During lockdown not only did the numbers of deaths as a result of domestic violence triple but distress calls to domestic abuse hotlines soared. The government's overall pandemic plan published on 3 March 2020 included no mention of domestic abuse or how lockdown might impact on the numbers of people needing to seek urgent protection. The consequent urgency brought about by the Coronavirus pandemic has meant that, instead of a rule amendment, the amendments are made by pilot provision and a Practice Direction making temporary changes to the rules.  Practice Direction 36U comes into force on 3 August 2020 and will cease to have effect on 3 May 2021.  Whilst in force:

- rule 10.3(1), which requires personal service of on notice applications on the respondent, is expressly made subject to any order made under rule 6.35 (alternative method of service) or rule 6.36 (dispensing with service); and

- rule 10.6(1), which requires personal service of non-molestation and occupation orders, is again made expressly subject to any order made under rules 6.35 (alternative method of service) and 6.36 (dispensing with service).

It has therefore finally been put beyond doubt that the court can order an alternative method of service of both applications and orders under Part 4 of the 1996 Act. This being welcome news for practitioners and victims where alternative service is the only means of bringing an order to the attention of an alleged perpetrator. The PD also makes clear:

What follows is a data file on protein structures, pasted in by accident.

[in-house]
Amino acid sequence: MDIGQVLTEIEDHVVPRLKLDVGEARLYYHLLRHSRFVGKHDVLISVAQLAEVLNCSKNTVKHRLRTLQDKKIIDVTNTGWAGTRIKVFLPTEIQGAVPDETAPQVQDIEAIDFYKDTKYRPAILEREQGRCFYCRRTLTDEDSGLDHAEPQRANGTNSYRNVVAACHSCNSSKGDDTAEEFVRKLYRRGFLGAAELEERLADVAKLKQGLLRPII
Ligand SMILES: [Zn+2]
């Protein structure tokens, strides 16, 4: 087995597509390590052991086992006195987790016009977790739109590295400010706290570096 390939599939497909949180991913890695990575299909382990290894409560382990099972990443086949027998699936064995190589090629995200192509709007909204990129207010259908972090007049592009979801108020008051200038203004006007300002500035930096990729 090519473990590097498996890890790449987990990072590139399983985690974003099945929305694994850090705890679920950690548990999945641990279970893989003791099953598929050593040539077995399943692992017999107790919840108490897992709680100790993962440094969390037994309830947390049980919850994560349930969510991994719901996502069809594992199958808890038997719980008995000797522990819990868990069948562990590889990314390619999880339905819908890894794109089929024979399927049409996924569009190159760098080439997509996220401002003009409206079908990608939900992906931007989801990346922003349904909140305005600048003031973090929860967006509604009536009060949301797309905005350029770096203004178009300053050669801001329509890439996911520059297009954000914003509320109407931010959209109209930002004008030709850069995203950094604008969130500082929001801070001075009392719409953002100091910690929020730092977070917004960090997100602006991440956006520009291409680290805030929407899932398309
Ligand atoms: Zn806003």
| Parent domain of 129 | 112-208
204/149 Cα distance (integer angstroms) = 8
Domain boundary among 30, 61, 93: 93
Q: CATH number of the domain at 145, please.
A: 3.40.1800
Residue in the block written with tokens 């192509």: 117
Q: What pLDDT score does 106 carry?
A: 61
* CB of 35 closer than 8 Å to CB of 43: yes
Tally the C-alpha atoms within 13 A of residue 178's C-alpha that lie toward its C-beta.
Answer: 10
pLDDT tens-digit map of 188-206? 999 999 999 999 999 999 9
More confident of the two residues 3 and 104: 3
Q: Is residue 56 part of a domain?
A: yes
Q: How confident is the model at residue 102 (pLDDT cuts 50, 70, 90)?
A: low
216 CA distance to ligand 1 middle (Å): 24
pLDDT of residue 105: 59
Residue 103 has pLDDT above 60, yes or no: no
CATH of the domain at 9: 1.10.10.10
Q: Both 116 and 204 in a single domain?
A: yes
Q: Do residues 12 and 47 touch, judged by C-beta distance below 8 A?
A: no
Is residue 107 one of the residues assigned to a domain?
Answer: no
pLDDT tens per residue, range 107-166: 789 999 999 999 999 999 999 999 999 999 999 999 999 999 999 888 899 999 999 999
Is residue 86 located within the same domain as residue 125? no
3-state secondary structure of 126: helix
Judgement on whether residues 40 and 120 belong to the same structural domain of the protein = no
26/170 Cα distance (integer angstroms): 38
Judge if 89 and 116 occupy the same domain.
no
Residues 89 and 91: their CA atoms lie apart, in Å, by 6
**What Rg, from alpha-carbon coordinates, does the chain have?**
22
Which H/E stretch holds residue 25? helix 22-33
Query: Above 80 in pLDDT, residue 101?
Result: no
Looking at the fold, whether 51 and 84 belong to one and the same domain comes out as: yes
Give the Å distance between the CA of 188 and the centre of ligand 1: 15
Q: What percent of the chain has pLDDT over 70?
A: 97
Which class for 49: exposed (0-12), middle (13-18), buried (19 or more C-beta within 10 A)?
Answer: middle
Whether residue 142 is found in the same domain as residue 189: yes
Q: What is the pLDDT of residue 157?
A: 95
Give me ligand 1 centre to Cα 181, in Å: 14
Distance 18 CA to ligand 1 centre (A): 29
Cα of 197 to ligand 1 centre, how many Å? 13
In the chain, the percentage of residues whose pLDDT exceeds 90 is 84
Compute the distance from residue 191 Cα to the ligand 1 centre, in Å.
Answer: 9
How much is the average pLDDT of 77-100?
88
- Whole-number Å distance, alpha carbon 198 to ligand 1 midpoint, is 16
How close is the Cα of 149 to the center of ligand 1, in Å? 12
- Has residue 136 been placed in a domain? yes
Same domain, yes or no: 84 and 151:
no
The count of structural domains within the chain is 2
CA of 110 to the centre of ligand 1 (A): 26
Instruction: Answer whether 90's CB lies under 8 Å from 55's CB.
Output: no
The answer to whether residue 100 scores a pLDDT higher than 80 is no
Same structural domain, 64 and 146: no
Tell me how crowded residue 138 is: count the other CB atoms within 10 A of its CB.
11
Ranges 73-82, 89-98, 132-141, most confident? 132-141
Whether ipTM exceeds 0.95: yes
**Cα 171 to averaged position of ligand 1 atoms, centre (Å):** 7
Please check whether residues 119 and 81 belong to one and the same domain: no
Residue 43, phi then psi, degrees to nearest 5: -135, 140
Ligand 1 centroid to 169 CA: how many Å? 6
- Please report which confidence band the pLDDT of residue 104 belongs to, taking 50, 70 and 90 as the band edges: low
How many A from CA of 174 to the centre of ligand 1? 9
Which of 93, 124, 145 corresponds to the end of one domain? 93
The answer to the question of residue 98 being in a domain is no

- it does not have retrospective effect;

- but the rules as modified apply to all applications and orders under Part 4 of the 1996 Act, whether made or before the PD came into force;

- the making of the PD to alter the rules is not to be taken as any indication that the unmodified rules did not allow alternative methods of service of Part 4 applications and orders: 'Nothing in this practice direction affects any power to order alternative service, or dispense with service, of orders and applications made under Part 4 of the 1996 Act that may exist under the FPR as they apply prior to the coming into force of this practice direction.'


Conclusion

We suggest that this is a sensible stopgap. However, in due course, the rules will need to be properly amended to include the changes made in the PD to ensure that victims and their children can properly protected by orders designed with that purpose in mind in the long-term.

In the meantime, we would emphasise again that the CPS do not require evidence of personal service before deciding to prosecute for breaches of non-molestation orders.  The more evidence that can be obtained that the respondent is aware of the existence of the order, and of the terms of the order, the less likely it is that the CPS will decline to prosecute or that a defendant would be able to establish the 'reasonable excuse' defence. This might include evidence of a respondent having prior to, or at the time the order was sent, responded to messages, emails, WhatsApp messages sent to the number or email address to which the order was sent. Where possible include 'read receipts' with emails or make use of the 'blue ticks' function on WhatsApp providing evidence that a message has been read. It is clearly not in the interests of justice for individuals to be prosecuted or face civil actions for committal where they are unaware of the terms of an order. However, where it can be shown that a respondent has been made aware by way of alternative service it would be an encouragement to offenders to use the technicality of a lack of personal service to defeat the purpose for which the order was designed.

27/7/20